Doyle’s chance, a close-range header which was acrobatically saved by Fraser Forster, came at the end of an opening spell in which Hibs had played at a higher tempo and apparently with a lot more eagerness than their opponents. But, if the striker’s attempt looked at the time as an encouraging sign for Hibs, it turned out to be their last attempt to unsettle their opponents. Barely a minute later, Anthony Stokes’s cross had been right-footed into the net by Gary Hooper, and Celtic never looked back.
“That probably was a turning point, Eoin’s chance,” Fenlon accepted. “That and the fact that we had started the game really well and then conceded a goal so quickly.
“That can hurt players and it did hurt us, because we definitely lost our way a little bit. But we came out and had a go in the second half, so while we’re disappointed, we can put a lot into it. We lost to a better side and there is certainly no shame in losing to Celtic.
“The fact that our support stayed right to the end says a lot. They kept the atmosphere going right to the end. I think they’ve known, through the course of the season, that these players have worked tremendously hard.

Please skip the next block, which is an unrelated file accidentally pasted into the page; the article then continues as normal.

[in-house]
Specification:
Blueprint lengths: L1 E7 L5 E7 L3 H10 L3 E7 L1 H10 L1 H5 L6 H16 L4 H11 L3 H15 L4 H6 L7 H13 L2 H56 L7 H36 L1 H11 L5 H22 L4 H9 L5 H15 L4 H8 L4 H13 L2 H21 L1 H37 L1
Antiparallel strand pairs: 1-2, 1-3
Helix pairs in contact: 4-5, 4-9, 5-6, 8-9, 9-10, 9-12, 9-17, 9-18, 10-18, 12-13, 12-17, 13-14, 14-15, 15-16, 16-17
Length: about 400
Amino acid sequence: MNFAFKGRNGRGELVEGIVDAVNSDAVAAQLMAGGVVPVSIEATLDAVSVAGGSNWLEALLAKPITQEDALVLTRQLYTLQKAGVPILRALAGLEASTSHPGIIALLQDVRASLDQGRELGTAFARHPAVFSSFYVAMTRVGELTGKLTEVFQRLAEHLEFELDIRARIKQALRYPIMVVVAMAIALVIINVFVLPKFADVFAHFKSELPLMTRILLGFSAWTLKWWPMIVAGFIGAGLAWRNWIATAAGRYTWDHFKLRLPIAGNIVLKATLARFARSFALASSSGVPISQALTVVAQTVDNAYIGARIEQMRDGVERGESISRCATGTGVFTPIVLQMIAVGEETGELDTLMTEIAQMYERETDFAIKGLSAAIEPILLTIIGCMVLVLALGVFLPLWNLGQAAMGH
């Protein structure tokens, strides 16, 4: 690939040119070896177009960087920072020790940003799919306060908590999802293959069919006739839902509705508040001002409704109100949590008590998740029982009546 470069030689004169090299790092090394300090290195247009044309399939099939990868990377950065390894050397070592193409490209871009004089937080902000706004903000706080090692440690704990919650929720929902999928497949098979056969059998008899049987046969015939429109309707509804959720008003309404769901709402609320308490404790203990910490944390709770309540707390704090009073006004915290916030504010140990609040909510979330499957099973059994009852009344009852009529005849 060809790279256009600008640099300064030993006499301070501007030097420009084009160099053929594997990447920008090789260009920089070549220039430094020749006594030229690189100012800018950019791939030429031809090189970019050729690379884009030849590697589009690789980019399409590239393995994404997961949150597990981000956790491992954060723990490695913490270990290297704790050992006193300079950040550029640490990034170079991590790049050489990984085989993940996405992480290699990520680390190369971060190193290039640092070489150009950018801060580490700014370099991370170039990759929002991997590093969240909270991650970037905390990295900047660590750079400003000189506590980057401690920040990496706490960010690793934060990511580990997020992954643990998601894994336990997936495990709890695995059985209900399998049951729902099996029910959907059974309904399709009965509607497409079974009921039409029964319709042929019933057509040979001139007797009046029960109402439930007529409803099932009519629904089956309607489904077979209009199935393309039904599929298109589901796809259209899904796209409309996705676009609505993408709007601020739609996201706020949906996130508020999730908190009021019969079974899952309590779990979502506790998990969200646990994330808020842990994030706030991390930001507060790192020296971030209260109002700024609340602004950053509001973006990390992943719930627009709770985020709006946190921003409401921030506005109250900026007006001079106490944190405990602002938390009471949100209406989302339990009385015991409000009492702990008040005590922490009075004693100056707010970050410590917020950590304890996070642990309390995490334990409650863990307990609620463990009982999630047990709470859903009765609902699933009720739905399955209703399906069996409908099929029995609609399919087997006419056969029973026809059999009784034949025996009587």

“So, when people ask me if it’s the same as last season, there just isn’t any comparison. There is no comparison with this team, certainly. That was a bunch of boys who worked tremendously hard for their club and were beaten by a better side.”
Hibs had already had to contend with the loss of two key defenders – Tim Clancy and captain James McPake – to injury. And it became clear midway through the first half that their most important player of all, Leigh Griffiths, was struggling with a thigh knock.
The striker had gone down at one point after being tackled, when although the contact had seemed to be with his ankle, he had clutched his thigh. There had been rumours on Friday evening that Griffiths was in trouble with a thigh strain, but when asked about those rumours, a Hibs spokesman had said that as far as he knew there was nothing in it. Fenlon had revealed at a press conference that afternoon that McPake was out and Clancy was struggling, and added that there were no other injury concerns in his squad. That remained the Hibs line that evening, and yesterday Fenlon insisted that Griffiths’ injury was one he had picked up during the match. “Leigh got a kick late in the calf and is sore,” he said. “He’s a little bit tight.